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The Value of Impact in Economic Development

I had the honor of meeting with the management team from a state Commerce department, economic development division this week, focusing generally on the topic of preparing for a challenging future. Of particular interest were the characteristics required to create a ‘magnetic’ environment that attracts business and industry.

Focus on the Future

While it seems obvious that any strategic thought would rely on a future focus, the nuance in this discussion related to perspective. That is, these talented pubic managers and planners are dedicated to building economic vitality throughout the state and see the future through that lens. A key question is, ‘How does a business planner see the future and what characteristics are most critical in his or her decision making process – i.e. whether to pack up and move from one state to another?’ Business is comprised of people and most want the same things – decent health care, good schools, accessible higher education, recreational opportunities, reasonable home prices and home availability, a sensible cost of living, low crime rates, and a decent place to live. Business wants viable and accessible markets, good transportation, a reliable supply chain, a reasonable tax structure, a capable workforce, low operating costs, and localized support services. Many economic development professionals work tirelessly to provide these things for new and existing enterprises. But what provides the greatest ‘magnetism?’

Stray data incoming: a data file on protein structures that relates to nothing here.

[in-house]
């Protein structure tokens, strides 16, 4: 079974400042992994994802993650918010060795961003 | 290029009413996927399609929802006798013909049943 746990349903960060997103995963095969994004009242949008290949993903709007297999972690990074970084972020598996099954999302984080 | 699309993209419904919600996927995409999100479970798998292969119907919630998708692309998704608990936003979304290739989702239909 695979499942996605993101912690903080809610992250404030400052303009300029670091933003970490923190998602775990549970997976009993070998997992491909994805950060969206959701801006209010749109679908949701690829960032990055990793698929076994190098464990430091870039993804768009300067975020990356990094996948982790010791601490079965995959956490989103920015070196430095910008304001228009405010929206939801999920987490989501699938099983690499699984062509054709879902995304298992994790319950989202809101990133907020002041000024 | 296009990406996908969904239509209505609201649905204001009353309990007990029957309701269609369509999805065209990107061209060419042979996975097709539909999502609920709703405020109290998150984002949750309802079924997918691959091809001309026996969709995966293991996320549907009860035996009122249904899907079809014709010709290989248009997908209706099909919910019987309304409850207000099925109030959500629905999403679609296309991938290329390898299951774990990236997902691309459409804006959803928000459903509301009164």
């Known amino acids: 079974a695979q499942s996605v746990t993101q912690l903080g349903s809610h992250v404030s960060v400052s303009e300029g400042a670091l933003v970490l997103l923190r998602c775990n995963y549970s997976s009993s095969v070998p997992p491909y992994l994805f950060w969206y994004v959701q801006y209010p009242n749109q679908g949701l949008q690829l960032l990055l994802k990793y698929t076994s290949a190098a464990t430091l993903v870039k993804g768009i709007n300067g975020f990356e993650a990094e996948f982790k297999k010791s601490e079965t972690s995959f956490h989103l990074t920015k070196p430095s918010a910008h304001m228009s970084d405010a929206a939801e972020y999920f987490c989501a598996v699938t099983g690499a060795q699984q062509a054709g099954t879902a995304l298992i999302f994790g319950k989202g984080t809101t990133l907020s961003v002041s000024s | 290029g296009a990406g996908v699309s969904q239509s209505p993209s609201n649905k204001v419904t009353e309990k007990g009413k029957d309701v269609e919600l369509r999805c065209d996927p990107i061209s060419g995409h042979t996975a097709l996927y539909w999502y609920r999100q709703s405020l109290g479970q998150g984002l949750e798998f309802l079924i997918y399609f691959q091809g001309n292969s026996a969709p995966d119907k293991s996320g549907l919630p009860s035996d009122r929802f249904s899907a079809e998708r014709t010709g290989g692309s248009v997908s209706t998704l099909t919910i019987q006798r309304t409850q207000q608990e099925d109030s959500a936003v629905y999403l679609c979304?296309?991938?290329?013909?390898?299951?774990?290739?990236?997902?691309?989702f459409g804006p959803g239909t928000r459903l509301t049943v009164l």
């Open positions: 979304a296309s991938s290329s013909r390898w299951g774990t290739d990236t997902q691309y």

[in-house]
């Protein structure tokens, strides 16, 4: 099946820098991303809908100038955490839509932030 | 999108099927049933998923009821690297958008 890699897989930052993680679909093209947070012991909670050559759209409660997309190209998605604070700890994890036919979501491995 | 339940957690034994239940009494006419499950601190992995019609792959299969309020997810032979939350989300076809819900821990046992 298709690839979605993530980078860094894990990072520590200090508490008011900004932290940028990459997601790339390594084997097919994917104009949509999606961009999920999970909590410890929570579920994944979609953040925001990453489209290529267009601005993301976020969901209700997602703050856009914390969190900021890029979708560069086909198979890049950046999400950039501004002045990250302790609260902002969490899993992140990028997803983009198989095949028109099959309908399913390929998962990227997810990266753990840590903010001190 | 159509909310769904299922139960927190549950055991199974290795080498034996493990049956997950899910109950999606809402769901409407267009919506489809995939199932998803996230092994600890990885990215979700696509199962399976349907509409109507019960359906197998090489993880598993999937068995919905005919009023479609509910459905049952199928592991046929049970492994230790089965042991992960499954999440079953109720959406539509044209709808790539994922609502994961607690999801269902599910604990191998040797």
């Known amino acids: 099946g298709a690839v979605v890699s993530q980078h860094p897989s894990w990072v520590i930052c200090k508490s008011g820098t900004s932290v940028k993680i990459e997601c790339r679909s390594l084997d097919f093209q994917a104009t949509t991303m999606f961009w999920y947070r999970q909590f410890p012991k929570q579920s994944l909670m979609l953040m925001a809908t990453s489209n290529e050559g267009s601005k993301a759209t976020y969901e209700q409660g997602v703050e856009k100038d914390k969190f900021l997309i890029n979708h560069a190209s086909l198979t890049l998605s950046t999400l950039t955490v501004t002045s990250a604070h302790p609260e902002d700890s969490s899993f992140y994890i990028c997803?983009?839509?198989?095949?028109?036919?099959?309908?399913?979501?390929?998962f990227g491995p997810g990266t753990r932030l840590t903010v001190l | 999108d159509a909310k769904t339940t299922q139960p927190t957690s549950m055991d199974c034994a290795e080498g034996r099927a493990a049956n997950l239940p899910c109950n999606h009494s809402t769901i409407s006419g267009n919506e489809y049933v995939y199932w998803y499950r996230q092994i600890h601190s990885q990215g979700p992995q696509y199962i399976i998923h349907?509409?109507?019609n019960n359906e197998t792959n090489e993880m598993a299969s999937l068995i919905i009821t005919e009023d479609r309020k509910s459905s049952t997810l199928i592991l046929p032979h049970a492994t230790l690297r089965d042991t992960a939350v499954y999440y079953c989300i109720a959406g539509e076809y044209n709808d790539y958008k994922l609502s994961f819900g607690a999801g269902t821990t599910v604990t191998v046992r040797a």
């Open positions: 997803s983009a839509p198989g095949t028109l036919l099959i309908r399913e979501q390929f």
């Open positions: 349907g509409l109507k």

There’s more to it. Less than ten years ago the prediction was that people would change careers five to ten times in a lifetime. This has changed. It was another ‘bubble’ that did not get much attention. The emerging trend is reversing again toward stability. When given the choice, businesses and employees would rather have a stable environment in which to live and work than the tenuous promise of riches tied to high risk. Our research shows that businesses would trade a higher profit margin for a reduced margin that is accompanied by long-term stability, more predictable opportunity, more safety, and an environment that, over time, provides the best possible platform for stable growth. When given the choice, more people will now choose less short-term reward for more long-term opportunity and the intangibles that come with it. Provide that environment in tandem with traditional success factors and you’ll attract business.

A new ‘Center.’ Times are changing. The past year was merely a prelude to a major shift toward more thoughtful, prudent decision-making and a re-centering of society. To create more ‘magnetic’ communities, economic development teams must concentrate on intangibles as much as tangibles. While tax rates, land availability, supply chains, broadband capacity, and transportation infrastructure remain important, the enterprise of the future will also be attracted to areas that epitomize balance, safety, stability, acceptance and opportunity – for individuals and businesses.